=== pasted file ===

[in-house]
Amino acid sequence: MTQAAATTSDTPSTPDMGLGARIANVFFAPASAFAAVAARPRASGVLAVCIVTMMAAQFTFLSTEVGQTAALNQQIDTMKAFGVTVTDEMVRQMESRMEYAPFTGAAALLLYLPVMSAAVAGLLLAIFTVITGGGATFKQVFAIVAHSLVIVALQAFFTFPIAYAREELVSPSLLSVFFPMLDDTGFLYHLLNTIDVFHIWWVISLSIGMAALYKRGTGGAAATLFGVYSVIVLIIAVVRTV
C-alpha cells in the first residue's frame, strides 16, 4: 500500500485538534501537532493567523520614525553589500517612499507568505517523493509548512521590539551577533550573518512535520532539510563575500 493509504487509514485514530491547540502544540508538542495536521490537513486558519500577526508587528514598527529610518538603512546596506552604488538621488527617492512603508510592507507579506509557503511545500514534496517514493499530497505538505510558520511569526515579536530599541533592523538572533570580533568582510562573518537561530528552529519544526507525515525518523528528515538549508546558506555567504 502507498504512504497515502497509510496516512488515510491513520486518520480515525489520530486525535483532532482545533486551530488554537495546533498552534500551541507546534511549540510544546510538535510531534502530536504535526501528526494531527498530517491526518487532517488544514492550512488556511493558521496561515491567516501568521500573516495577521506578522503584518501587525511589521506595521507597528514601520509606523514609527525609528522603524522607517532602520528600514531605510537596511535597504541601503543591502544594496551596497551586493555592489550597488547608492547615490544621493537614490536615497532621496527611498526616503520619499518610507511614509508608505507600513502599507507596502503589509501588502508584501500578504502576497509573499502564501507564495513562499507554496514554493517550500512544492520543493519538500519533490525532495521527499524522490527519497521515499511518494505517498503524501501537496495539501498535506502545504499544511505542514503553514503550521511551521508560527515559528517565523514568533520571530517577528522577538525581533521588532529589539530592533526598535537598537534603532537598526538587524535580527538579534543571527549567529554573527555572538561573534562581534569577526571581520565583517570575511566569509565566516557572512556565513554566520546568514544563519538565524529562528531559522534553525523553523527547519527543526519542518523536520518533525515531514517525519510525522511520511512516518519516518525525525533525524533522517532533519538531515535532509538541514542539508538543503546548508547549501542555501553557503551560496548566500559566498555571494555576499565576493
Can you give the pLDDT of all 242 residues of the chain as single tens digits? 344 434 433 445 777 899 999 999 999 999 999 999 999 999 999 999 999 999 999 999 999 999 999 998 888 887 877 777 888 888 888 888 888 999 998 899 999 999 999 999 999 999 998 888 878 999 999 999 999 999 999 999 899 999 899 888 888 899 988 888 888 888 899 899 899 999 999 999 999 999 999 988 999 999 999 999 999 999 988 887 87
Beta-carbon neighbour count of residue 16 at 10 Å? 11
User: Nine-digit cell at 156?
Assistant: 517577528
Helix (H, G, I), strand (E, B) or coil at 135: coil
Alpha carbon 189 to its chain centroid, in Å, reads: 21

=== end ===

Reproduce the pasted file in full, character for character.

[in-house]
Amino acid sequence: MTQAAATTSDTPSTPDMGLGARIANVFFAPASAFAAVAARPRASGVLAVCIVTMMAAQFTFLSTEVGQTAALNQQIDTMKAFGVTVTDEMVRQMESRMEYAPFTGAAALLLYLPVMSAAVAGLLLAIFTVITGGGATFKQVFAIVAHSLVIVALQAFFTFPIAYAREELVSPSLLSVFFPMLDDTGFLYHLLNTIDVFHIWWVISLSIGMAALYKRGTGGAAATLFGVYSVIVLIIAVVRTV
C-alpha cells in the first residue's frame, strides 16, 4: 500500500485538534501537532493567523520614525553589500517612499507568505517523493509548512521590539551577533550573518512535520532539510563575500 493509504487509514485514530491547540502544540508538542495536521490537513486558519500577526508587528514598527529610518538603512546596506552604488538621488527617492512603508510592507507579506509557503511545500514534496517514493499530497505538505510558520511569526515579536530599541533592523538572533570580533568582510562573518537561530528552529519544526507525515525518523528528515538549508546558506555567504 502507498504512504497515502497509510496516512488515510491513520486518520480515525489520530486525535483532532482545533486551530488554537495546533498552534500551541507546534511549540510544546510538535510531534502530536504535526501528526494531527498530517491526518487532517488544514492550512488556511493558521496561515491567516501568521500573516495577521506578522503584518501587525511589521506595521507597528514601520509606523514609527525609528522603524522607517532602520528600514531605510537596511535597504541601503543591502544594496551596497551586493555592489550597488547608492547615490544621493537614490536615497532621496527611498526616503520619499518610507511614509508608505507600513502599507507596502503589509501588502508584501500578504502576497509573499502564501507564495513562499507554496514554493517550500512544492520543493519538500519533490525532495521527499524522490527519497521515499511518494505517498503524501501537496495539501498535506502545504499544511505542514503553514503550521511551521508560527515559528517565523514568533520571530517577528522577538525581533521588532529589539530592533526598535537598537534603532537598526538587524535580527538579534543571527549567529554573527555572538561573534562581534569577526571581520565583517570575511566569509565566516557572512556565513554566520546568514544563519538565524529562528531559522534553525523553523527547519527543526519542518523536520518533525515531514517525519510525522511520511512516518519516518525525525533525524533522517532533519538531515535532509538541514542539508538543503546548508547549501542555501553557503551560496548566500559566498555571494555576499565576493
Can you give the pLDDT of all 242 residues of the chain as single tens digits? 344 434 433 445 777 899 999 999 999 999 999 999 999 999 999 999 999 999 999 999 999 999 999 998 888 887 877 777 888 888 888 888 888 999 998 899 999 999 999 999 999 999 998 888 878 999 999 999 999 999 999 999 899 999 899 888 888 899 988 888 888 888 899 899 899 999 999 999 999 999 999 988 999 999 999 999 999 999 988 887 87
Beta-carbon neighbour count of residue 16 at 10 Å? 11
User: Nine-digit cell at 156?
Assistant: 517577528
Helix (H, G, I), strand (E, B) or coil at 135: coil
Alpha carbon 189 to its chain centroid, in Å, reads: 21